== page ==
The UN’s plan to limit global warming could cost $122 trillion just for new energy infrastructure. One environmental economist said the UN’s goal is “not feasible.” Scientists have also called into question spending trillions based on flawed climate models.
That’s a price tag of between $51.2 trillion and $122 trillion by 2050 just for energy investments. Environmental economist Richard Tol said, given the high cost, the IPCC’s report is totally unrealistic. “No, 1.5 degrees Celsius is not feasible,” Tol, an economics professor at the University of Sussex, told The Daily Caller News Foundation via email.
But even if the alarmist predictions are true, there's nothing that can plausibly be done at this point to stop it. That's the real message of the annual UN Intergovernmental Panel on Climate Change report. The chart contained in the "Summary for Policymakers" shows projected changes in global temperatures over the next 100 years. It also shows that temperatures will top the supposed 1.5-degree limit by around 2040, even if the world makes drastic reductions in CO2 and other greenhouse gas emissions within the next two decades...The UN's forecasts all assume that the entire world becomes entirely carbon-free by 2055 … at the latest. That's just 37 years from now. It also assumes that the world makes massive reductions in other greenhouse gases, such as methane.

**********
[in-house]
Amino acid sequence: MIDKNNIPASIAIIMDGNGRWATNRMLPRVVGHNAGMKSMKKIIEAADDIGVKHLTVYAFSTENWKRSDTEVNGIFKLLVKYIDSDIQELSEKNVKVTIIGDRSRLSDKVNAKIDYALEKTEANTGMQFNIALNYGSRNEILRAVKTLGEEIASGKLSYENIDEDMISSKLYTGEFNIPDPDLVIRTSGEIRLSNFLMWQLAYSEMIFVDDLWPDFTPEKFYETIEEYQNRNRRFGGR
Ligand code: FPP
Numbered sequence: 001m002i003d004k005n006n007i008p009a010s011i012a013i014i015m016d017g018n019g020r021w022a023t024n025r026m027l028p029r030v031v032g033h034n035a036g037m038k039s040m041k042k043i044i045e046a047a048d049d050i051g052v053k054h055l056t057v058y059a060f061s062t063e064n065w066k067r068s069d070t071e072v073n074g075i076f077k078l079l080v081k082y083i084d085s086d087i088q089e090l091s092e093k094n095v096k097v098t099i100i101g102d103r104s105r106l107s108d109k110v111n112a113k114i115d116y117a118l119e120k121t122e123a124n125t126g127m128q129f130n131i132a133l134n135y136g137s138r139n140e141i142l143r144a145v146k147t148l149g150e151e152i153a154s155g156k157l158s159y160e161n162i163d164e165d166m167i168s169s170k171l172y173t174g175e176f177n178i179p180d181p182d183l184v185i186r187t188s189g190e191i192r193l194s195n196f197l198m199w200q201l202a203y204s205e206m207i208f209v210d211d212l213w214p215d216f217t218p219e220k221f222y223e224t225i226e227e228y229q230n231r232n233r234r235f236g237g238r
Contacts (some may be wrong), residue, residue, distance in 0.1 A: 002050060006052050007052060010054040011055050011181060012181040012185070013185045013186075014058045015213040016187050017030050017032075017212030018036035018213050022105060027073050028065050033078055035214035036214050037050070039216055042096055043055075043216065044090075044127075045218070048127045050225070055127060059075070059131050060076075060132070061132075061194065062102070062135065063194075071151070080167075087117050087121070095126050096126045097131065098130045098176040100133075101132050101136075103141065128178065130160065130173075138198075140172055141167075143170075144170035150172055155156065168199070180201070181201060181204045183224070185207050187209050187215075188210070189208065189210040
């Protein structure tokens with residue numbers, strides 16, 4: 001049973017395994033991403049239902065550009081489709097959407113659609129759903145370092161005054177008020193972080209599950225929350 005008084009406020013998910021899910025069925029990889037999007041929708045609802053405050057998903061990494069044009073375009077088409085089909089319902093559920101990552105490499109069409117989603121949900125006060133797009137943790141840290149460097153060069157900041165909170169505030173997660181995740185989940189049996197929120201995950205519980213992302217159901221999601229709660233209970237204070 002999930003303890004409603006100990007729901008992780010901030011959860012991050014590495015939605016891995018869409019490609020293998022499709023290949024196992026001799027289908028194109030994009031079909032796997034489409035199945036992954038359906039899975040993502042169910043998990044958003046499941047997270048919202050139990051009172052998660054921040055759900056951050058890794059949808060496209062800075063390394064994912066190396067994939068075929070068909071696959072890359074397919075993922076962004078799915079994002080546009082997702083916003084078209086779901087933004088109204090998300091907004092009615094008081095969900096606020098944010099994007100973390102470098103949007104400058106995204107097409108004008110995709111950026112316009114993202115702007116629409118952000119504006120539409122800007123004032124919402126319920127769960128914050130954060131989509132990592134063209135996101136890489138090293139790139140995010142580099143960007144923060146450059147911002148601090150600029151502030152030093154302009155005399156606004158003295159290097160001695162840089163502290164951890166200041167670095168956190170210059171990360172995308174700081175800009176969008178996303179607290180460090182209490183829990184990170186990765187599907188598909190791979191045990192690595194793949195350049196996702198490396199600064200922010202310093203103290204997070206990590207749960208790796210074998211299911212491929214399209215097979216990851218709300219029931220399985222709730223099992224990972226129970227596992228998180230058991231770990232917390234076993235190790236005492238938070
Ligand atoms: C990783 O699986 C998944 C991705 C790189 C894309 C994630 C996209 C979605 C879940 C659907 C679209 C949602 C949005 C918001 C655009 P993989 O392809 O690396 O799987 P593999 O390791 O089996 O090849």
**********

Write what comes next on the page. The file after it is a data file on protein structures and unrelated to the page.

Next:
Here's an example of what the UN says would have to happen within the next 12 years to meet that goal. Keep in mind, this is the low end of the UN's proposed changes.
60% of the world's energy would have to come from renewable sources by 2030, and 77% by 2050. (The Department of Energy forecasts that renewables will account for just 27% of the U.S.'s electric power generation by 2050.)
Coal use would have to drop 78%, oil 37%, and natural gas 25% — compared with 2010 levels — within 12 years. (Last year, global coal demand increased, and use of natural gas has massively climbed in the U.S.)
There'd have to be a 59% increase in nuclear power by 2030 and a 150% increase by 2050. (Good luck getting environmentalist to buy into that).
Farmers would have to figure out how to cut methane emissions by 24% by 2030, (and still feed a growing worldwide population).